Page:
In this week’s Arts I talk to Jitka Hanušová of Art for People, collaborating on an upcoming exhibition at the GASK Gallery in Kutná Hora, central Bohemia. The show, entitled “Venice - the Eternal Dream”, opens next week, featuring work by Italian photographer Maria Pia Severi and Venetian Carnevale masks from the traditional Pietro Longhi atelier.
Wednesday sees the launch of the 23rd Prague Writers’ Festival, whose highlights will include appearances by one of the most important guests the event has ever brought to the Czech capital: the Noble Prize-winning Turkish author Orhan Pamuk. However, problems surrounding funding mean that this year’s festival will be the shortest to date.
Recent years have seen a renewed interest in the work of great Baroque composer Jan Dismas Zelenka – in his day admired by contemporaries like Johann Sebastian Bach. His work was completely forgotten after his death, only rediscovered 150 years later by the Romantic-period composer Bedřich Smetana. Slowly, knowledge of Zelenka’s work emerged. Even now there is plenty to be discovered: Prague’s Ensemble Inégal recently performed Zelenka’s forgotten Easter Mass for the very first time.
This week’s Sunday Music Show is devoted to one of the country’s most prominent jazz artists –flutist Jiří Stivín. The 68-year-old musician, who is reputed to be able to play on a blade of grass, says the feel for jazz is something you are born with and some of the best renditions come from children who are as yet unspoiled by the constraints of a music education.
Until the middle of the 20th century, the territory of today’s Czech Republic had always been bilingual and its German literary legacy is huge. Adalbert Stifter, Rainer Maria Rilke, Franz Werfel, Max Brod and Franz Kafka are just a few of the best known writers, but there are hundreds of others, many undeservedly neglected or even quite forgotten. David Vaughan looks at an initiative to kindle interest in this country’s German literature and to revive Czech-German literary ties.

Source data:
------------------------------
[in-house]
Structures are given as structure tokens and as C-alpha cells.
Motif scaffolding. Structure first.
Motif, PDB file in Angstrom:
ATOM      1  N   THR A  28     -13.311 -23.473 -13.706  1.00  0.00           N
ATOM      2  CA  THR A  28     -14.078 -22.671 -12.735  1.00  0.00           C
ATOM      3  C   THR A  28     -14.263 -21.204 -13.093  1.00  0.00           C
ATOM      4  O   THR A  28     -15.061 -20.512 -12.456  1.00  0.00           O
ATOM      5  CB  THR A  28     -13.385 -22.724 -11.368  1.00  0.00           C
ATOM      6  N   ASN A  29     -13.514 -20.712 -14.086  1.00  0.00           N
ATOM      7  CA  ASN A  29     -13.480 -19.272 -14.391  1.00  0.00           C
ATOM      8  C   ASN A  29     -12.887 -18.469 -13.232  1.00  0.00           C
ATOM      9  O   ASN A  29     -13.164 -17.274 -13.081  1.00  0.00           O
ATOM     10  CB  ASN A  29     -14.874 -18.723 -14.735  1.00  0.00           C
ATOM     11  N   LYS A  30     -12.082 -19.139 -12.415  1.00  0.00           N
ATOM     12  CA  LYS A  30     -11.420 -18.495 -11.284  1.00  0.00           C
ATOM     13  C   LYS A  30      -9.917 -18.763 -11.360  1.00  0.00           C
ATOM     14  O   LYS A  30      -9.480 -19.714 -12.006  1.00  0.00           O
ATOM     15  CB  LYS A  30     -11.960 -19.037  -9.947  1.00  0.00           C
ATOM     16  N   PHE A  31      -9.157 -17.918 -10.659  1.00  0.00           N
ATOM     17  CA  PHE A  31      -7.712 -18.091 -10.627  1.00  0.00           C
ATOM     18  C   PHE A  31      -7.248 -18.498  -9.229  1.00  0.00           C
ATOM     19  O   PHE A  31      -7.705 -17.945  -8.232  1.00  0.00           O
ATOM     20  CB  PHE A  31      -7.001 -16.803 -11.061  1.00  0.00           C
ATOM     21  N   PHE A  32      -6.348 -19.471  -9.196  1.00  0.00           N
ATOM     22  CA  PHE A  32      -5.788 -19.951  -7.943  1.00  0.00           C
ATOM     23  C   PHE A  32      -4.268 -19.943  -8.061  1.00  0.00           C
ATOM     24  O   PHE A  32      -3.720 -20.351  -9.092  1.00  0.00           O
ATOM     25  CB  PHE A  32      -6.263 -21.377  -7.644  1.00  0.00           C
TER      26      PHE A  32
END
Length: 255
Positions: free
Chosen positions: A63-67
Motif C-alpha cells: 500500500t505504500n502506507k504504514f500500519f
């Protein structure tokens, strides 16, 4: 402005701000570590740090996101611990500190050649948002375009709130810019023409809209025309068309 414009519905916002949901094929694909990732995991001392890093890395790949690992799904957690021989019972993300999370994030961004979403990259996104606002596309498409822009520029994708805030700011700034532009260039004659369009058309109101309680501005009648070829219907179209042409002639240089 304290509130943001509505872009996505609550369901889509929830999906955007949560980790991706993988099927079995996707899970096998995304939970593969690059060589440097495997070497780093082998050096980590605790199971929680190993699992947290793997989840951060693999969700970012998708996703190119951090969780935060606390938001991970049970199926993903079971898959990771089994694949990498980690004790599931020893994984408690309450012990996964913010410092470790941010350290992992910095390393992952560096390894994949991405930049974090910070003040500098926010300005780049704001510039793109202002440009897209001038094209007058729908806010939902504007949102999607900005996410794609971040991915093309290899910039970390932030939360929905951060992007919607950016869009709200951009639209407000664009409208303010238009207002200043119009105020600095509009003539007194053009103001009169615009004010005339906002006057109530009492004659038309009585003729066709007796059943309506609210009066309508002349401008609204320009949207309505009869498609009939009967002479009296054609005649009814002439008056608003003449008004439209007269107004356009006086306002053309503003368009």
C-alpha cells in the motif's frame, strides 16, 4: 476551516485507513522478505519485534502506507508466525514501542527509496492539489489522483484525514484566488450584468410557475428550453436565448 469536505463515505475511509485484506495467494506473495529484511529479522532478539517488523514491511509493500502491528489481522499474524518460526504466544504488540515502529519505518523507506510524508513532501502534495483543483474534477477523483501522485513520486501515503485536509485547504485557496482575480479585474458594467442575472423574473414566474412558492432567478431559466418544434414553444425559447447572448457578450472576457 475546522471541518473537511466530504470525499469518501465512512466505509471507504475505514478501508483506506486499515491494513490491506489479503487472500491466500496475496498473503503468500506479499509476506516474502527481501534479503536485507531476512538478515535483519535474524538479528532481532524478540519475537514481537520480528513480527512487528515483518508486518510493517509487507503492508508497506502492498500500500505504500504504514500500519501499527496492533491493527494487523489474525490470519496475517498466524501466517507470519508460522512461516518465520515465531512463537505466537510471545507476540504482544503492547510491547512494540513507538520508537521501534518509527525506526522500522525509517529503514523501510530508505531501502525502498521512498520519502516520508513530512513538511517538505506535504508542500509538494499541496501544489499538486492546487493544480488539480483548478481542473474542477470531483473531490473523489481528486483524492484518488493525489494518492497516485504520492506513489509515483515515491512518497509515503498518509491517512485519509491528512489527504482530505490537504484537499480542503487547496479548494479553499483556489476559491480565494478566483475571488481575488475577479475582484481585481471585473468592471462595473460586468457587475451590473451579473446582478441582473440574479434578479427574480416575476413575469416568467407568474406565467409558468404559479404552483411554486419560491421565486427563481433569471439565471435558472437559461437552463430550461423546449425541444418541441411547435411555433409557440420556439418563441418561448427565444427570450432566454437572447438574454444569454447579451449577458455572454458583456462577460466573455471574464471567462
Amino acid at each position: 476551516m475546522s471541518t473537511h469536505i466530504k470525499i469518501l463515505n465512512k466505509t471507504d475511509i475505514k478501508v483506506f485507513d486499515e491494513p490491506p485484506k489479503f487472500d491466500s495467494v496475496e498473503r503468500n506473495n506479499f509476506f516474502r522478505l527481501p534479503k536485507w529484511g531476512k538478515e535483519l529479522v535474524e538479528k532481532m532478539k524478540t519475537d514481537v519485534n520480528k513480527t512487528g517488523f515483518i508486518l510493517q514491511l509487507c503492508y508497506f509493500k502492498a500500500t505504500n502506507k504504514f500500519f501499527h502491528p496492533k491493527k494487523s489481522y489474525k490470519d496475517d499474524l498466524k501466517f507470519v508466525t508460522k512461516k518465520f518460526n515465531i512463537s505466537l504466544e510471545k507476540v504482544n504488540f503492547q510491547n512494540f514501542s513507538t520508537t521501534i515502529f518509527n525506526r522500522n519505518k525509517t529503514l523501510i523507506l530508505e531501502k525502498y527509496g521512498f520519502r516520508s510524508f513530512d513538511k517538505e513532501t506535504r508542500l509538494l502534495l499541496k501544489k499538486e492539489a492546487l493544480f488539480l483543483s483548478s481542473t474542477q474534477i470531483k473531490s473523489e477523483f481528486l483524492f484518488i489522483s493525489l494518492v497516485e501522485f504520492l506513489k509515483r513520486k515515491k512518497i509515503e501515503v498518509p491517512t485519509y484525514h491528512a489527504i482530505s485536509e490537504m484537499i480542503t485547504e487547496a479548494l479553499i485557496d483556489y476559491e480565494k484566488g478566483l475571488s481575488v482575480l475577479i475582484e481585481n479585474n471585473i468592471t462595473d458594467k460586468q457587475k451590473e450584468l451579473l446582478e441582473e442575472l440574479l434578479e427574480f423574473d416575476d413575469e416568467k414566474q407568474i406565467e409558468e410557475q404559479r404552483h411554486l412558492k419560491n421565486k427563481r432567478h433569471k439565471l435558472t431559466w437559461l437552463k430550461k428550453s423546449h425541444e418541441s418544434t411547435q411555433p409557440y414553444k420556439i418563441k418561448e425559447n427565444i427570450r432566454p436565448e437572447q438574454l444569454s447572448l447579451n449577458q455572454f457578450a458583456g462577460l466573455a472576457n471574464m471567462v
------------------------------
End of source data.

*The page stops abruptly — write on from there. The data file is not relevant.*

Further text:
In this week’s Arts my guest is New York-based landscape architect Martin Barry who last year launched a new festival and conference in Prague called reSITE, focussing on urbanism and rethinking the public space. To this aim, he and organisers involved everyone from internationally recognised designers and urban planners, to students of arts and architecture, and last, but not least, politicians.
A much-anticipated exhibition of posters by the Czech Art Nouveau master Alfons Mucha has just opened its doors at the grand Municipal House in central Prague. The collection, which belongs to the Czech-born tennis legend Ivan Lendl, is the largest in the world and is being shown publicly for the first time ever.
The Prague-based Days of European Film Festival is celebrating its 20th anniversary this year. In addition the usual program of thought-provoking films from all over Europe, the organizers have introduced a new section of the festival and will hold special events in Prague to celebrate. The festival is starting this week, so for today’s In Focus Radio Prague caught up with the program coordinator, Zdeněk Blaha, and asked him about the highlights planned for this anniversary year of the festival:
This week Radio Prague’s Sunday music show profiles Jana Vérova - a young musician whose music is both raw and poetic and deeply rooted in her place of birth –the former Sudetenland. Although she has recorded just one album she regularly plays at festivals around the country and has a strong following of devoted fans.
Nika Kupyrova has traversed Europe from East to West and back. Born in Ukraine and having grown up in Prague, she went on to study art in Edinburgh and Iceland. Now Nika lives and works in Vienna, and partly in Prague, creating installations and photographs of dream-like creatures and spaces. Currently, the young artist has an installation at the Windows Gallery in Vienna - the new art space of the Czech Center in Austria.